A new plastic currency that can withstand a spin in the washer will begin circulating in Britain in 2016, replacing paper bills with ones made of polymer, the Bank of England said Wednesday.
Britain’s central bank announced the switch the plastic currency after a public poll revealed wide backing for the move.
Officials said the new polymer-made notes are more secure and durable and will have a smaller environmental footprint.
In a survey of nearly 13,000 people, the central bank found that 87% were in favor of the switch to plastic bills. Only 6% opposed the change.
Britain will join more than 25 other countries that already use polymer-made notes. They include Canada, Australia and other countries where humid climates wear away paper bills more quickly.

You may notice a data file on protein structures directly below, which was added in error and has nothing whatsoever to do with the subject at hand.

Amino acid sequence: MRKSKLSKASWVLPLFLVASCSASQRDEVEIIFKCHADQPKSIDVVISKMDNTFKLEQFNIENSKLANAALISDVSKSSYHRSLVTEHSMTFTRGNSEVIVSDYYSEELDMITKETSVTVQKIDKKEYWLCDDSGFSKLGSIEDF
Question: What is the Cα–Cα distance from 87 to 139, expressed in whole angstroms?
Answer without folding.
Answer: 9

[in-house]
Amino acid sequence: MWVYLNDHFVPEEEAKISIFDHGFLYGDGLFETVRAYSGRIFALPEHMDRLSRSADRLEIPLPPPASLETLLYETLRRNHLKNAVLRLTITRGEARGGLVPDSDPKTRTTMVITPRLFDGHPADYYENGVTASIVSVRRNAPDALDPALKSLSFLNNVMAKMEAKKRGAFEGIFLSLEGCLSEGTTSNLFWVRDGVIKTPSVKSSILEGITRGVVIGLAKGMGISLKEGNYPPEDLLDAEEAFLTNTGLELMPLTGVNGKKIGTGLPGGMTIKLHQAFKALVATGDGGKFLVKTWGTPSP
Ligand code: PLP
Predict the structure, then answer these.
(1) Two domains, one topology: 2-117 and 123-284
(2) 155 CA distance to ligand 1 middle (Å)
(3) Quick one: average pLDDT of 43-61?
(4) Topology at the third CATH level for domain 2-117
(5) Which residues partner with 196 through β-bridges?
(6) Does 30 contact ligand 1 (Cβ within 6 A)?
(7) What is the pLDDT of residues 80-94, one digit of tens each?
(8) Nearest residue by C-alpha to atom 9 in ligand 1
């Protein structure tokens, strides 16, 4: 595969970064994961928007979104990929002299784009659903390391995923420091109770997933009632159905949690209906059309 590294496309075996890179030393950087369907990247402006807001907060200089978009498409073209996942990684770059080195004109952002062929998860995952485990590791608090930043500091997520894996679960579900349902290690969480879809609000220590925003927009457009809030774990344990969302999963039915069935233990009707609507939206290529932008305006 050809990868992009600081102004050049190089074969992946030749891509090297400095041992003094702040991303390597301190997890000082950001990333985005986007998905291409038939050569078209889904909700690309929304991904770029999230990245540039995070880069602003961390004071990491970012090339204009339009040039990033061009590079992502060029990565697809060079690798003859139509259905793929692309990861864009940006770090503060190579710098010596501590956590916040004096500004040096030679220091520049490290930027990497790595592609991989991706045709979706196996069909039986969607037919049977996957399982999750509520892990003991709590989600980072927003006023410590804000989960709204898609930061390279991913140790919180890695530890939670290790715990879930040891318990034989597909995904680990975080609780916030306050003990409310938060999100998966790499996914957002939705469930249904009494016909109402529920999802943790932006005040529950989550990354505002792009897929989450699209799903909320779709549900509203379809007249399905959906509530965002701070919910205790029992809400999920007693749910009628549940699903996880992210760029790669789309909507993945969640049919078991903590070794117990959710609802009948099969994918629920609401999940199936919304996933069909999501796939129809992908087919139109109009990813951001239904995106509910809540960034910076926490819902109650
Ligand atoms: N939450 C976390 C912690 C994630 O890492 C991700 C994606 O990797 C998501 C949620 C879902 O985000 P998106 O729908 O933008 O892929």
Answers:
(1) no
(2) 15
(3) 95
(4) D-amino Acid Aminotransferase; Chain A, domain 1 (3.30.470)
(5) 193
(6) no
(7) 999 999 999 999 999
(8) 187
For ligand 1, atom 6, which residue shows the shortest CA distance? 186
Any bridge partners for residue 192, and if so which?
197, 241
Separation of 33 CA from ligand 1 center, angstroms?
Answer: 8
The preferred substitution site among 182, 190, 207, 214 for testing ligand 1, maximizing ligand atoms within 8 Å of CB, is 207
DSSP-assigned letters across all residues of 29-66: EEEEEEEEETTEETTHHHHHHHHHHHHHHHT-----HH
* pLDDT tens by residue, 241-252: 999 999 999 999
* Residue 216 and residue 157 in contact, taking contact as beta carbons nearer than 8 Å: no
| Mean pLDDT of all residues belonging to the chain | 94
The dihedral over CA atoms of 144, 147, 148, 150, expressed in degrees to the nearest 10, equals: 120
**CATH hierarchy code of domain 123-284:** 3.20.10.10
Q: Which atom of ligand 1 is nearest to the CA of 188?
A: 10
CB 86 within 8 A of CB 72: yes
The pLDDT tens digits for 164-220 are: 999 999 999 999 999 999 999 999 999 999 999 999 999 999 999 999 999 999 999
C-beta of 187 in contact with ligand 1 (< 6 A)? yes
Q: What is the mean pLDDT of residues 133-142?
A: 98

The first bill to be made of polymer will be the five-pound note, which is have a portrait of Winston Churchill as well as that of Queen Elizabeth II; it will begin circulating in 2016. The 10-pound note, featuring novelist Jane Austen and the queen, will follow a year later.
Bank officials said the plastic-made bills are more durable, lasting at least 2.5 times longer than cotton-based bills. They should be able to withstand an accidental washing, though will melt under high heat.
The new bills will also be smaller than current pound notes, the bank said. Current “notes are currently large compared with their international counterparts, making the largest denomination notes harder to fit into cash handling technology and less convenient to use.”